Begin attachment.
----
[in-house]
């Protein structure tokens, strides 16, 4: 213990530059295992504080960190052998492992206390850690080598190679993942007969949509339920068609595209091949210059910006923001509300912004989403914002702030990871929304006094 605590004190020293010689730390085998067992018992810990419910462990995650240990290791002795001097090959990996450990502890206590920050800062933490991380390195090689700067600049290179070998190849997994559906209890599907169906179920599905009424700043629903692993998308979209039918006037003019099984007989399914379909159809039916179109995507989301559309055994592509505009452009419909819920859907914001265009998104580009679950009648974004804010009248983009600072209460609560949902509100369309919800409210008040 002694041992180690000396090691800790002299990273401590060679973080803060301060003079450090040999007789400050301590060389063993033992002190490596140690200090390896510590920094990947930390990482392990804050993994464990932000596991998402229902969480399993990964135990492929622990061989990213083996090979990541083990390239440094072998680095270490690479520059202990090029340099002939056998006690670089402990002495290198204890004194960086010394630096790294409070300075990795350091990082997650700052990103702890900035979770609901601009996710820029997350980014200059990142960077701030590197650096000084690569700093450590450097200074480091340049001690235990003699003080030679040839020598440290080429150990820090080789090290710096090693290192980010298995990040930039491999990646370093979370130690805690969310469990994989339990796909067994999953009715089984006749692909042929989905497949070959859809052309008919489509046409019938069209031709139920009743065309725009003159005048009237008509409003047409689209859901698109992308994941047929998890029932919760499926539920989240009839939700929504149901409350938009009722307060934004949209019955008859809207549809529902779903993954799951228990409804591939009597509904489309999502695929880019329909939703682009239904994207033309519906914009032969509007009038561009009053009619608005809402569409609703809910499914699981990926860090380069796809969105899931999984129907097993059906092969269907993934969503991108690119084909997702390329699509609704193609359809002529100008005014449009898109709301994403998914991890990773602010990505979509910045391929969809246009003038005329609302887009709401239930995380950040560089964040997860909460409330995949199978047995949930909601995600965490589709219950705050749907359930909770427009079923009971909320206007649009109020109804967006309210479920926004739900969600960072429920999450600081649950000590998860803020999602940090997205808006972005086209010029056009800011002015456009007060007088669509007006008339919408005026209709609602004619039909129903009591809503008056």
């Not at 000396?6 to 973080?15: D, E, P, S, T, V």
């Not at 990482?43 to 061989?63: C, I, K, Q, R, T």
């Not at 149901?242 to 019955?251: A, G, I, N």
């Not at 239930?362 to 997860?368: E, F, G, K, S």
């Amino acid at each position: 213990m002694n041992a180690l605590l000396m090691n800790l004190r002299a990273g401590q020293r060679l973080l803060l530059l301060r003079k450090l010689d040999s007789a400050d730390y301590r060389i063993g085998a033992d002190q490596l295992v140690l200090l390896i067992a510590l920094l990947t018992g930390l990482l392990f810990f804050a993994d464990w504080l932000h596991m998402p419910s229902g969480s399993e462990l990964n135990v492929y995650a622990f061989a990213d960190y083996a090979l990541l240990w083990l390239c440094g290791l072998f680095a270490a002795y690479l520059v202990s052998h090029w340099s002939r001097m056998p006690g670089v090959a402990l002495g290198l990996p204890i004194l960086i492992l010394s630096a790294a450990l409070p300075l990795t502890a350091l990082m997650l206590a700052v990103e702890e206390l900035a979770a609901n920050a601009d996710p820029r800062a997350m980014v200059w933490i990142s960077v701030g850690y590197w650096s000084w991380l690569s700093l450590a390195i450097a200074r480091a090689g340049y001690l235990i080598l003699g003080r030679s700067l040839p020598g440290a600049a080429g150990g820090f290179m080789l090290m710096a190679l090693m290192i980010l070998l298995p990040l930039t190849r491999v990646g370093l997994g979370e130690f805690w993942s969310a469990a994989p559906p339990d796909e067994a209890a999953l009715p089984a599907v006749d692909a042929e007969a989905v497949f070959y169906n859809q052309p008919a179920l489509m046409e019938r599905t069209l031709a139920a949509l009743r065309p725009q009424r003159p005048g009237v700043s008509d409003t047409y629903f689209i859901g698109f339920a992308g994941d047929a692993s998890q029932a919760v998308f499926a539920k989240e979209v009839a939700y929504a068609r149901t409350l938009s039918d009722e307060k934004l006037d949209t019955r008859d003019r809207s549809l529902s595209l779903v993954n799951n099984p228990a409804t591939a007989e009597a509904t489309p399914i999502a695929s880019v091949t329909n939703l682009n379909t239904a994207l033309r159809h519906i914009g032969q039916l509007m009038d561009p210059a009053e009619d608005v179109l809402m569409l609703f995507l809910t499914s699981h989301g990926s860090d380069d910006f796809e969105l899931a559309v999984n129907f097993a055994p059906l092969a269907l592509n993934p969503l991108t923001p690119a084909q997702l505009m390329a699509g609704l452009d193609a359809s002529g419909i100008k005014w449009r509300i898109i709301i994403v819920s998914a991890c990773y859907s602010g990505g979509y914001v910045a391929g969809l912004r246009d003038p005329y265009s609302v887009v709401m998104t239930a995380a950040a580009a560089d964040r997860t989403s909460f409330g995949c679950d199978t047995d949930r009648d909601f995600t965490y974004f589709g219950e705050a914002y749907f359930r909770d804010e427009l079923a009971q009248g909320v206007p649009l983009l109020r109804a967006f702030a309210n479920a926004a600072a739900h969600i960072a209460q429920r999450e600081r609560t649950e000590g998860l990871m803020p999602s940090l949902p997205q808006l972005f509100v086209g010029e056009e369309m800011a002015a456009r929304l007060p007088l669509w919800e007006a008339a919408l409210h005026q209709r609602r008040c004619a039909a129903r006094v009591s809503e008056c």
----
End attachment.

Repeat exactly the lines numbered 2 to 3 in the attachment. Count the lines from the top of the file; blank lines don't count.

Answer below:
């Protein structure tokens, strides 16, 4: 213990530059295992504080960190052998492992206390850690080598190679993942007969949509339920068609595209091949210059910006923001509300912004989403914002702030990871929304006094 605590004190020293010689730390085998067992018992810990419910462990995650240990290791002795001097090959990996450990502890206590920050800062933490991380390195090689700067600049290179070998190849997994559906209890599907169906179920599905009424700043629903692993998308979209039918006037003019099984007989399914379909159809039916179109995507989301559309055994592509505009452009419909819920859907914001265009998104580009679950009648974004804010009248983009600072209460609560949902509100369309919800409210008040 002694041992180690000396090691800790002299990273401590060679973080803060301060003079450090040999007789400050301590060389063993033992002190490596140690200090390896510590920094990947930390990482392990804050993994464990932000596991998402229902969480399993990964135990492929622990061989990213083996090979990541083990390239440094072998680095270490690479520059202990090029340099002939056998006690670089402990002495290198204890004194960086010394630096790294409070300075990795350091990082997650700052990103702890900035979770609901601009996710820029997350980014200059990142960077701030590197650096000084690569700093450590450097200074480091340049001690235990003699003080030679040839020598440290080429150990820090080789090290710096090693290192980010298995990040930039491999990646370093979370130690805690969310469990994989339990796909067994999953009715089984006749692909042929989905497949070959859809052309008919489509046409019938069209031709139920009743065309725009003159005048009237008509409003047409689209859901698109992308994941047929998890029932919760499926539920989240009839939700929504149901409350938009009722307060934004949209019955008859809207549809529902779903993954799951228990409804591939009597509904489309999502695929880019329909939703682009239904994207033309519906914009032969509007009038561009009053009619608005809402569409609703809910499914699981990926860090380069796809969105899931999984129907097993059906092969269907993934969503991108690119084909997702390329699509609704193609359809002529100008005014449009898109709301994403998914991890990773602010990505979509910045391929969809246009003038005329609302887009709401239930995380950040560089964040997860909460409330995949199978047995949930909601995600965490589709219950705050749907359930909770427009079923009971909320206007649009109020109804967006309210479920926004739900969600960072429920999450600081649950000590998860803020999602940090997205808006972005086209010029056009800011002015456009007060007088669509007006008339919408005026209709609602004619039909129903009591809503008056």
């Not at 000396?6 to 973080?15: D, E, P, S, T, V």